As Al Giordano recently reminded us, these people took a big risk for Obama:
Way back in ancient times – I’m talking about 2007 – the most difficult place to be a supporter of then-Senator Barack Obama’s presidential bid was inside the Washington DC beltway. […]
If you were a Democrat in or around DC and backed Obama for president you were a pariah, shunned, no longer invited to the cocktail parties or policy panels. And no small number of Clinton bandwagoneers would take every chance to remind you that, once the White House had been reconquered, you would be screwed to the wall, and viciously so.
I have no contacts in DC, but this account has the ring of truth for me. I remember one particularly obnoxious Clinton supporter who used to comment at MyDD regularly during 2007. When Hillary’s nomination seemed inevitable, he would brag about his Washington connections and how after she wrapped things up on Super Tuesday, hellfire would rain down on certain people who had supported Obama for president.
I am not opposed to Clinton as secretary of state, but I think Obama owes something to the people who were there for him early on because (they thought) he was a strong opponent of the Iraq War.
For me, the most shocking part of the Telegraph story was this:
Suspicion of Mr Obama’s moves has been compounded, for some liberals, by the revelation that Mr Obama has for several months been taking advice from Brent Scowcroft, the national security adviser to the first President Bush.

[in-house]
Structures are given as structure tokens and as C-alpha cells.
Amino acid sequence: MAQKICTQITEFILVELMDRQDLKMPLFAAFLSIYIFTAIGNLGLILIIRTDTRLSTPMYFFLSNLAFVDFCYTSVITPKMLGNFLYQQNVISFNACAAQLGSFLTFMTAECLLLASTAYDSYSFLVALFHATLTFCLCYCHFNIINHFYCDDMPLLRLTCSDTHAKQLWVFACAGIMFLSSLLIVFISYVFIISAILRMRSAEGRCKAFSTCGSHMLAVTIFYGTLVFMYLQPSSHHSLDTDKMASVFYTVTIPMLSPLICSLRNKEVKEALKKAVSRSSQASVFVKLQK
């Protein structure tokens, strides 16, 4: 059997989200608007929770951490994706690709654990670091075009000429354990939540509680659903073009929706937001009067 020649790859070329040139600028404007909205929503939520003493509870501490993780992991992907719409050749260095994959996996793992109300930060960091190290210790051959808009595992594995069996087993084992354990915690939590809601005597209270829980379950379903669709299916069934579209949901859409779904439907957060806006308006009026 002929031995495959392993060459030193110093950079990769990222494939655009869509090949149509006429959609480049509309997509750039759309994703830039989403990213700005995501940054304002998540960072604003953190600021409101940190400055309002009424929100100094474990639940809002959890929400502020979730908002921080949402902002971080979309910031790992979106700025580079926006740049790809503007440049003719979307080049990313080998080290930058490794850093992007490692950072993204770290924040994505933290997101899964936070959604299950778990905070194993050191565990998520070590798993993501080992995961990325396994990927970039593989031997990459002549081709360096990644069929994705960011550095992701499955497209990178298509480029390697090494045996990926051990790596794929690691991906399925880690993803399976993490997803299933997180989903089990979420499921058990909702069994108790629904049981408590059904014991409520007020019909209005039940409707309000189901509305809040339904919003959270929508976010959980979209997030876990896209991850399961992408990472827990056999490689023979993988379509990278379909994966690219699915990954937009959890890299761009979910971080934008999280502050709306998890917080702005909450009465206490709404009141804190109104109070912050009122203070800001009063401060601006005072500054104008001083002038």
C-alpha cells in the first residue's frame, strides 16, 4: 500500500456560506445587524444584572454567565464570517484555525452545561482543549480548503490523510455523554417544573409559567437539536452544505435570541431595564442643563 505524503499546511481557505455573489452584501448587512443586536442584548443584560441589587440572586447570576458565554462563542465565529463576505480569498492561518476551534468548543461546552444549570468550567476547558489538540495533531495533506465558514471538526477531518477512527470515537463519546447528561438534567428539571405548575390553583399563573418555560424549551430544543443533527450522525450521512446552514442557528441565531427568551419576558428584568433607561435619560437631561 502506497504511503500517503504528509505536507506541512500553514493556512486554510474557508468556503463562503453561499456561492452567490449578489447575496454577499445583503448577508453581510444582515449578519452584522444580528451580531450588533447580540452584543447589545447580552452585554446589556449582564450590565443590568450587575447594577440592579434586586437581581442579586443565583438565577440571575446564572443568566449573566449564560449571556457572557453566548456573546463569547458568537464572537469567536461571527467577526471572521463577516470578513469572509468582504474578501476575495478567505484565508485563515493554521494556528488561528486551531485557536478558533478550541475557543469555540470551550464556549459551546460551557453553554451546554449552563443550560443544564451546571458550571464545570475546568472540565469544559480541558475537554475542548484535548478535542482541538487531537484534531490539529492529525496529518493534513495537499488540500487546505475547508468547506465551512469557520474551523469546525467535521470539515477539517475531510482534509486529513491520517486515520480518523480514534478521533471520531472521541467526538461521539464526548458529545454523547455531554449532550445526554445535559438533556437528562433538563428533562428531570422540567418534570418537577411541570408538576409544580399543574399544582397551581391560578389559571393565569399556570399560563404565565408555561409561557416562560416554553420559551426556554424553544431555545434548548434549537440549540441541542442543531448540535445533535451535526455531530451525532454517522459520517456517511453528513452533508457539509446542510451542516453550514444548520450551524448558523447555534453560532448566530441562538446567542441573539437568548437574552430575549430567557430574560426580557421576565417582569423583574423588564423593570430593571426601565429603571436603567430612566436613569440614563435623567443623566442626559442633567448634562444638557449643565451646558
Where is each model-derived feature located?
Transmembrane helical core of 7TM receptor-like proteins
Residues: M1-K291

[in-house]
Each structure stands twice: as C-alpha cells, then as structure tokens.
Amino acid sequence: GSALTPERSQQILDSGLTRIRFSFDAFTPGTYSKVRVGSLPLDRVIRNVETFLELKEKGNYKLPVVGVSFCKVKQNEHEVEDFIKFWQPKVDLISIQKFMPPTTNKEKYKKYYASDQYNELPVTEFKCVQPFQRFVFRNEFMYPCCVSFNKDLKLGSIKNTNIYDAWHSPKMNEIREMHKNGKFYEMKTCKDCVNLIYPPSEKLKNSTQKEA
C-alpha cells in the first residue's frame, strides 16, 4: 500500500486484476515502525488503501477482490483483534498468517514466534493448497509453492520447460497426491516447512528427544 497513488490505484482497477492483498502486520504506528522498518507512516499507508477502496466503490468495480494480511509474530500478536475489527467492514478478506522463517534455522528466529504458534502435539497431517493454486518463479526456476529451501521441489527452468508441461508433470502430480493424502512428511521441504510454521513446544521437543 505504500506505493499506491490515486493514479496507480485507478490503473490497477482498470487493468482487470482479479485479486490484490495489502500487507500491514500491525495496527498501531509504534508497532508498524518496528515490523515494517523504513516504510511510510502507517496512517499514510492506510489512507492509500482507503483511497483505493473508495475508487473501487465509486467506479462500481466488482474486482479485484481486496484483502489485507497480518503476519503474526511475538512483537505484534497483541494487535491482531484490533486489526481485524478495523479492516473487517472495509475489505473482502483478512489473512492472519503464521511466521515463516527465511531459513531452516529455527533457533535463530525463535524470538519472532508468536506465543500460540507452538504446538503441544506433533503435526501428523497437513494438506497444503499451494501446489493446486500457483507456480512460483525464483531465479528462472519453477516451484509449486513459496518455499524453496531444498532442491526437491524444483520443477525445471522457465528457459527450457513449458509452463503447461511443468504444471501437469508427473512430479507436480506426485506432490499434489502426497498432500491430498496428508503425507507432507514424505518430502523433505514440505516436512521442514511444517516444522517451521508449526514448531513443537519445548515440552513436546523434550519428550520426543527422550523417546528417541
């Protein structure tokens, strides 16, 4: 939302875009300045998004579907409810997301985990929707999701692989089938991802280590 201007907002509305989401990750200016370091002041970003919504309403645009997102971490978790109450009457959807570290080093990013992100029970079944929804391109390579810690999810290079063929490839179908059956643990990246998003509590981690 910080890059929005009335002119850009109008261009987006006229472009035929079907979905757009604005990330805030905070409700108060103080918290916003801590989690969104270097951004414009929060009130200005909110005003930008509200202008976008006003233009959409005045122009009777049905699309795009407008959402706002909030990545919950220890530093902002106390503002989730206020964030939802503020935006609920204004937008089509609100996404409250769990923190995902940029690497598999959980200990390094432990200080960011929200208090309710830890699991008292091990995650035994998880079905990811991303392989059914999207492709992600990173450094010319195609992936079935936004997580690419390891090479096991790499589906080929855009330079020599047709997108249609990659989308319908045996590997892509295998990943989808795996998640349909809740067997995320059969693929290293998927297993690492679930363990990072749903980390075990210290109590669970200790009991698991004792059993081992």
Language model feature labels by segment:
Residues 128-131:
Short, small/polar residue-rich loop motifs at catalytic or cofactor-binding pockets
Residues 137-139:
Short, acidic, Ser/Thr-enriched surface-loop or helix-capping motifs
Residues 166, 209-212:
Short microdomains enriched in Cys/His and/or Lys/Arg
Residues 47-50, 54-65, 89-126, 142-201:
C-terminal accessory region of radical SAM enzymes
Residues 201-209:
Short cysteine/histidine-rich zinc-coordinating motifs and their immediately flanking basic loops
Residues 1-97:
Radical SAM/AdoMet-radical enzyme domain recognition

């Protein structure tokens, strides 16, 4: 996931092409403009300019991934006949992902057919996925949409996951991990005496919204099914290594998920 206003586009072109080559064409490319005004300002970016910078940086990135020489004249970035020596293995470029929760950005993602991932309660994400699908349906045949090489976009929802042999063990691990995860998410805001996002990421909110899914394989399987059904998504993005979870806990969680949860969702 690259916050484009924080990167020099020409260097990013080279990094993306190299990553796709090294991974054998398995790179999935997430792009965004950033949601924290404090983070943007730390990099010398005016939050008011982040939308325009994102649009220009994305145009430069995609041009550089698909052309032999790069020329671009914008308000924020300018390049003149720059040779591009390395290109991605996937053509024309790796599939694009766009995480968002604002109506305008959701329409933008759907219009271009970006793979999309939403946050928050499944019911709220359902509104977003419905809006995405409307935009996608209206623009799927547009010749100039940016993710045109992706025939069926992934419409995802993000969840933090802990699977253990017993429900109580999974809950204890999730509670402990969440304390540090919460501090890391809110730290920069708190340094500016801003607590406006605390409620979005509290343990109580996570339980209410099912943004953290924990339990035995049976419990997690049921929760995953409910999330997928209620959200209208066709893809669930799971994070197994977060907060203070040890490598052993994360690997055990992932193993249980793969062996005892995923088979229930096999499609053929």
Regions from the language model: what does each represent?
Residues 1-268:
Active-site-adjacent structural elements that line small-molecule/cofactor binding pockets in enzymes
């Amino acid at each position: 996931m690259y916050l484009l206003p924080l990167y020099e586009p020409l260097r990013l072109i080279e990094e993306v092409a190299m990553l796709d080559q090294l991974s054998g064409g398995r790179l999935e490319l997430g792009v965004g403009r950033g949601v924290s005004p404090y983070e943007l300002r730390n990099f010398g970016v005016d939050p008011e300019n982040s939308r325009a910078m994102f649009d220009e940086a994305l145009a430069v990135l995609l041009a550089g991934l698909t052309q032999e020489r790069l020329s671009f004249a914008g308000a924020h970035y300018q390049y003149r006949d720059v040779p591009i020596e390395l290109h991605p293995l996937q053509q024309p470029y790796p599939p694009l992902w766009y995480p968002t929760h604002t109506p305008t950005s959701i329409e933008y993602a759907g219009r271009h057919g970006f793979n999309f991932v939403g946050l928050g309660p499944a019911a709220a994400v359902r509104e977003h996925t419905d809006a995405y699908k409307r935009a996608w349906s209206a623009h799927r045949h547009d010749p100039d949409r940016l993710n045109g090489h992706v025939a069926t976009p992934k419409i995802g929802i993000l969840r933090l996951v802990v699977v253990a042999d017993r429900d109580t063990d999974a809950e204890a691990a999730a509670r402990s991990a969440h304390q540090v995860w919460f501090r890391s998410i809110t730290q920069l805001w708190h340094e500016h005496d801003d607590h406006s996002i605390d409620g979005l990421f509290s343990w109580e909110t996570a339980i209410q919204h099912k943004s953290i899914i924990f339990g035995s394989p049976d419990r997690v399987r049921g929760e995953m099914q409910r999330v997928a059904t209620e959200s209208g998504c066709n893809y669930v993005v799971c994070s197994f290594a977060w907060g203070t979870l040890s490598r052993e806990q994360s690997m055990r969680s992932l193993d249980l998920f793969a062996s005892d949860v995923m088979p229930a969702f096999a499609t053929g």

Scowcroft? I know a lot of Democrats would be happy to see Obama serve out Bill Clinton’s third term, but I’m pretty sure none of them voted for Obama so that he could serve out Poppy Bush’s second term.
The Wall Street Journal confirms the connections between Obama and Scowcroft:
Many of the Republicans emerging as potential members of the Obama administration have professional and ideological ties to Brent Scowcroft, a former national-security adviser turned public critic of the Bush White House.
Mr. Scowcroft spoke by phone with President-elect Barack Obama last week, the latest in a months-long series of conversations between the two men about defense and foreign-policy issues, according to people familiar with the discussions.
The relationship between the president-elect and the Republican heavyweight suggests that Mr. Scowcroft’s views, which place a premium on an Israeli-Palestinian peace accord, might hold sway in the Obama White House.
Don’t get me wrong, I would like to see Obama pick up the Israeli-Palesstinian peace process, and I am aware that Scowcroft has criticized George W. Bush’s conduct of the war in Iraq.
Still, it seems unjust for Obama to get elected on the promise of big change and then turn around an appoint a bunch of Scowcroft’s buddies to his foreign policy shop–especially if the foreign policy experts who were there for Obama early on are left out in the cold.
I would love to be proved wrong, but I am finding it hard to believe that the American military presence in Iraq will be down to a small residual force 18 months from now.